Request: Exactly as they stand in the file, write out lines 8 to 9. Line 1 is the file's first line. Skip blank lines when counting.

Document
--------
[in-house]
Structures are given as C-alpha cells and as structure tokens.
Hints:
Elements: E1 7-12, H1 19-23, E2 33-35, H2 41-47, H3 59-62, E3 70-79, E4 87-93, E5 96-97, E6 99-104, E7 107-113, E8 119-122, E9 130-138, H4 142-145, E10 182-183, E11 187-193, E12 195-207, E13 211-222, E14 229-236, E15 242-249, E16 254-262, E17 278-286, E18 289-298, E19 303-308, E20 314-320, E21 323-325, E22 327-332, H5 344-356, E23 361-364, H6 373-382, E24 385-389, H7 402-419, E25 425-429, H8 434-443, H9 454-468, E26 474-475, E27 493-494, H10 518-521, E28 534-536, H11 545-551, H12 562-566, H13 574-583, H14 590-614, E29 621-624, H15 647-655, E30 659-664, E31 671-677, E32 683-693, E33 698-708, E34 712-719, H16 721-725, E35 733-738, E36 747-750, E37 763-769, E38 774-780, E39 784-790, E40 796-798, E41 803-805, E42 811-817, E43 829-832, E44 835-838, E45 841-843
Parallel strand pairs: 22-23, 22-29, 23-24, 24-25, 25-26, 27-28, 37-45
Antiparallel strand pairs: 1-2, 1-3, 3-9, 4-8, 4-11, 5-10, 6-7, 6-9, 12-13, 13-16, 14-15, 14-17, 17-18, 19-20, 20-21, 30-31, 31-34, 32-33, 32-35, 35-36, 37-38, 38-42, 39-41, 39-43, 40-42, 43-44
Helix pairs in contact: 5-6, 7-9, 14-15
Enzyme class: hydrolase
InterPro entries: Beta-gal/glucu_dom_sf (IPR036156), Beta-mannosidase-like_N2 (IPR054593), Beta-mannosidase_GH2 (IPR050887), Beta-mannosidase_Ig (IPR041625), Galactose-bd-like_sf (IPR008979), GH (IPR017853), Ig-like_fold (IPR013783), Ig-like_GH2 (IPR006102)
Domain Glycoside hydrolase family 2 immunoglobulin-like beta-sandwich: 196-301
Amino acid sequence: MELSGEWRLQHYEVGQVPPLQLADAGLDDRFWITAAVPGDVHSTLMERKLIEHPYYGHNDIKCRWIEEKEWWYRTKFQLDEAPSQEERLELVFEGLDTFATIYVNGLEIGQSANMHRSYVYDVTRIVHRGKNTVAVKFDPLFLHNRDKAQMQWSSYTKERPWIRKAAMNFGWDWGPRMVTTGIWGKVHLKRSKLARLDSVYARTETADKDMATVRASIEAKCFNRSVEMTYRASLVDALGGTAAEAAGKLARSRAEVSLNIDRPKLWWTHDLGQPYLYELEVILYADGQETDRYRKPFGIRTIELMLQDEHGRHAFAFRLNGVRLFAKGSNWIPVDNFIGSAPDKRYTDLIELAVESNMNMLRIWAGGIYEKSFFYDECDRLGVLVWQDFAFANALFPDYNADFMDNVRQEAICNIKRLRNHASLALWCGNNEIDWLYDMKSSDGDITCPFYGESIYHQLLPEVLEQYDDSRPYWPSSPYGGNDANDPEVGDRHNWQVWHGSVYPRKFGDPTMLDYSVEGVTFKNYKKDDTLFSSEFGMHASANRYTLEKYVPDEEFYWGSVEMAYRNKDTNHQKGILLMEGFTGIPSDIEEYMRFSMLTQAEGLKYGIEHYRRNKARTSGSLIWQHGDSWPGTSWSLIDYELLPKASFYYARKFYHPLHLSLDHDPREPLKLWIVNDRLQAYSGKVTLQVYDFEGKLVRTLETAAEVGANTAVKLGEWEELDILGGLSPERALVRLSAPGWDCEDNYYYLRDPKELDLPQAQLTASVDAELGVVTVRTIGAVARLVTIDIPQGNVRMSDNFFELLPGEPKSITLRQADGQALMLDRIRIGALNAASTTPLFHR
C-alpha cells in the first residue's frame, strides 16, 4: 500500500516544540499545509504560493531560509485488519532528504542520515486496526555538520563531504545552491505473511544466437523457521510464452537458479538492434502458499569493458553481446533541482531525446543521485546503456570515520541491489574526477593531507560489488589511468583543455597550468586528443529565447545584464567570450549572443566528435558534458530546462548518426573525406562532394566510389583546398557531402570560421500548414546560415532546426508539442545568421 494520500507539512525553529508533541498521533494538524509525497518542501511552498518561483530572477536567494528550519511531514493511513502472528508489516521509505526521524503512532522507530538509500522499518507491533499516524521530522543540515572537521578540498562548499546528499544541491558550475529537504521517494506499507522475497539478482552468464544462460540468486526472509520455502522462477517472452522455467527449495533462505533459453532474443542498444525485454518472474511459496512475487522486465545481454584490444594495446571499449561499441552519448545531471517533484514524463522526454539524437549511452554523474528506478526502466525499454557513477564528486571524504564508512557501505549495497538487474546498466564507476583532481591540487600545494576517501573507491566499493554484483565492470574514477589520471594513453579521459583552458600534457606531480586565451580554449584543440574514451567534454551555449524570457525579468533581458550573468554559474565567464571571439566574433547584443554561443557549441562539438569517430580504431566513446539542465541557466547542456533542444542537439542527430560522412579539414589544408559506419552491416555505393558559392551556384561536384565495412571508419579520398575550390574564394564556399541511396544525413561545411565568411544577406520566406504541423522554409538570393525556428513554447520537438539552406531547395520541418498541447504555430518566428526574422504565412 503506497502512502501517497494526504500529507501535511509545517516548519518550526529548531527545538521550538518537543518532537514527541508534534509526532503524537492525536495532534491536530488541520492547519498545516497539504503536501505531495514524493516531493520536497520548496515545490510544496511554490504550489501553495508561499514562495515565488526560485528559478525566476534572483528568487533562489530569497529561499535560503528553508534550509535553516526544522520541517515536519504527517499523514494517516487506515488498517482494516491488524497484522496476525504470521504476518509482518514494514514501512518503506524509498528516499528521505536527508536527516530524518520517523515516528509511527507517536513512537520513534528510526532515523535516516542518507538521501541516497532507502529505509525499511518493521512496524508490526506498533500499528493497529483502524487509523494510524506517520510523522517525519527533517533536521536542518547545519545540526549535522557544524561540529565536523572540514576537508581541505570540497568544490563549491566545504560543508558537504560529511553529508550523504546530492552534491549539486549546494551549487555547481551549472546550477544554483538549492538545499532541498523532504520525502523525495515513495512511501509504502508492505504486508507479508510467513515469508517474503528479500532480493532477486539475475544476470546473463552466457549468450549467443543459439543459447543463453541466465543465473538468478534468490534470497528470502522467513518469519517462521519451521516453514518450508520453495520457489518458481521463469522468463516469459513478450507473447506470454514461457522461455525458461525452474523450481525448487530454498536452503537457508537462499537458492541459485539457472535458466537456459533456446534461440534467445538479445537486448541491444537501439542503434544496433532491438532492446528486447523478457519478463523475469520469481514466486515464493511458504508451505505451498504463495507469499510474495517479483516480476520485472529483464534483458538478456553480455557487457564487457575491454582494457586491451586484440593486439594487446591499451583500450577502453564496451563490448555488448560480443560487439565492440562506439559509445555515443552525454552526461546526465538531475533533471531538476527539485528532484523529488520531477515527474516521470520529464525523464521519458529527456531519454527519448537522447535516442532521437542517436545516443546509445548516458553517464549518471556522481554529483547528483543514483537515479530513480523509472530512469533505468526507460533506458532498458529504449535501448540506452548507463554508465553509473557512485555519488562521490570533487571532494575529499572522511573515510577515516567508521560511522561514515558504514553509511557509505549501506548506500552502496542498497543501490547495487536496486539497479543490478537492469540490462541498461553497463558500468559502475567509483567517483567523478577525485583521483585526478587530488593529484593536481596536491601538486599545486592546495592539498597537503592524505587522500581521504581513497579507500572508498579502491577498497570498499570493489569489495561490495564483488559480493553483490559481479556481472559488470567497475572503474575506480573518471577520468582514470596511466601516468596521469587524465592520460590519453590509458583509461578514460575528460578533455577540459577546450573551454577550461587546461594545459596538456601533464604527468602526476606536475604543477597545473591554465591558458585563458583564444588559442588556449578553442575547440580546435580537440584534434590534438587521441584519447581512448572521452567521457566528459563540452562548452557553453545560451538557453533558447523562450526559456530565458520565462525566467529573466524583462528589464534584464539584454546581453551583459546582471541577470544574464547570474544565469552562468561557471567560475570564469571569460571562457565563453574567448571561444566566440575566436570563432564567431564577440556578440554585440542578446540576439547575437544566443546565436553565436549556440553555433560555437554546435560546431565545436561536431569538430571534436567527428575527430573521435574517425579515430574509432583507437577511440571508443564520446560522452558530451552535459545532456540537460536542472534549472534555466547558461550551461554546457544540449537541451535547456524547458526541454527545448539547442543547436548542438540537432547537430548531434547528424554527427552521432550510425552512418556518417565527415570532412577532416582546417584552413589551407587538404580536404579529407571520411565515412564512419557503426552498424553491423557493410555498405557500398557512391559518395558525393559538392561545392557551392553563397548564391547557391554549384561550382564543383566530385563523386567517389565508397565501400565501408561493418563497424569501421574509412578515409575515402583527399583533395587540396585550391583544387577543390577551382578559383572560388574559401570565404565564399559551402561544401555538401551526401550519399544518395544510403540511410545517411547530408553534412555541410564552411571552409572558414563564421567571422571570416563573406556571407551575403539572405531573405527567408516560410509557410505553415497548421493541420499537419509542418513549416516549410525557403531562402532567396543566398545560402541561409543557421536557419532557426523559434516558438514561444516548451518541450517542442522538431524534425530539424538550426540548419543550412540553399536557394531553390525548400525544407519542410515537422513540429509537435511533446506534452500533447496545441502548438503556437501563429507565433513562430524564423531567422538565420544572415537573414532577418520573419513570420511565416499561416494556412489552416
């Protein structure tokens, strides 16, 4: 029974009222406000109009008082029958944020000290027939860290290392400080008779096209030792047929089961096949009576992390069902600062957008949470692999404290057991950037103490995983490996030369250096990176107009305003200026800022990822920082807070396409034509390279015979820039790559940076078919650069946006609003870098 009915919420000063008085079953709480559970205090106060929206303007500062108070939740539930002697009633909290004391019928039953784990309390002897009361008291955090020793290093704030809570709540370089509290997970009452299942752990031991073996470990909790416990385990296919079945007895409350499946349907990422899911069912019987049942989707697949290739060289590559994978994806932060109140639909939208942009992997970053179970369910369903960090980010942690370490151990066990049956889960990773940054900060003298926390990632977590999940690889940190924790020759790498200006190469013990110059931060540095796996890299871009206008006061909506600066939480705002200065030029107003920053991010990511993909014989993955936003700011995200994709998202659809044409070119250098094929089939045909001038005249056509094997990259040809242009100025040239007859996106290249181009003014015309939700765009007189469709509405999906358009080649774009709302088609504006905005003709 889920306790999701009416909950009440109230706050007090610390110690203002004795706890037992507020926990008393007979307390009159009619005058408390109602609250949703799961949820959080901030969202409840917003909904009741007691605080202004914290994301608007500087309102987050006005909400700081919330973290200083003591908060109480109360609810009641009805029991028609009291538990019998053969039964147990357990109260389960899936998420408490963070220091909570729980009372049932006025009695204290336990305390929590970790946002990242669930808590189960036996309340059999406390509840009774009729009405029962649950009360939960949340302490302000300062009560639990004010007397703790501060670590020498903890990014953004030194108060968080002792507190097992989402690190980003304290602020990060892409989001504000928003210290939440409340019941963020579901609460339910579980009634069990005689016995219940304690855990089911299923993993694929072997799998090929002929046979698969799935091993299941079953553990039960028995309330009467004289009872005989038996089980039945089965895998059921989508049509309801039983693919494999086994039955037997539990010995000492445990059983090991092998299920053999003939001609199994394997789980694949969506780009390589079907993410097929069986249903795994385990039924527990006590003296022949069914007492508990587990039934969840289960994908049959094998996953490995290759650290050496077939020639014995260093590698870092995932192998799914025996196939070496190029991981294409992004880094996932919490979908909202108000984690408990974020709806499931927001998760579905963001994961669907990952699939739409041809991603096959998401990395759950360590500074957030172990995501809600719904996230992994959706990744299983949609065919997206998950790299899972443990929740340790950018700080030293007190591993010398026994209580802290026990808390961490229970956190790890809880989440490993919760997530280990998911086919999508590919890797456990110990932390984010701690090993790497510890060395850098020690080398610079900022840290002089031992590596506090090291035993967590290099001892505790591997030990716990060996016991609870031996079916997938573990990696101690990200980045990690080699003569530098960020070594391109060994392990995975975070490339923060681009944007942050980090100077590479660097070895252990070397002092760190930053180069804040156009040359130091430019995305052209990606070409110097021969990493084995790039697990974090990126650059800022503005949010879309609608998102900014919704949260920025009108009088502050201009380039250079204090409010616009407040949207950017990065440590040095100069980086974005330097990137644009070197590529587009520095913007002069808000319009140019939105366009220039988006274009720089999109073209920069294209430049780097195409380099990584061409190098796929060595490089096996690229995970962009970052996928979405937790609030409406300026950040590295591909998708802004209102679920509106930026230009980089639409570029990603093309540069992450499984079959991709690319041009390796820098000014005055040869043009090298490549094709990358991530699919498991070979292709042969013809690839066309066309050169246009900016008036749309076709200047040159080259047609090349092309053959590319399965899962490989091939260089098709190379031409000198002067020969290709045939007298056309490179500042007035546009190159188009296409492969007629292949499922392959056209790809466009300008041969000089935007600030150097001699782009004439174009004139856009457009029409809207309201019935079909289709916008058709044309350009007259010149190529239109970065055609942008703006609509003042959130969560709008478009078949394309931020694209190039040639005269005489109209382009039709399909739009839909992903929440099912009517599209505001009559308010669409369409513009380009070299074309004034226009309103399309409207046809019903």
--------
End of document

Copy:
Enzyme class: hydrolase
InterPro entries: Beta-gal/glucu_dom_sf (IPR036156), Beta-mannosidase-like_N2 (IPR054593), Beta-mannosidase_GH2 (IPR050887), Beta-mannosidase_Ig (IPR041625), Galactose-bd-like_sf (IPR008979), GH (IPR017853), Ig-like_fold (IPR013783), Ig-like_GH2 (IPR006102)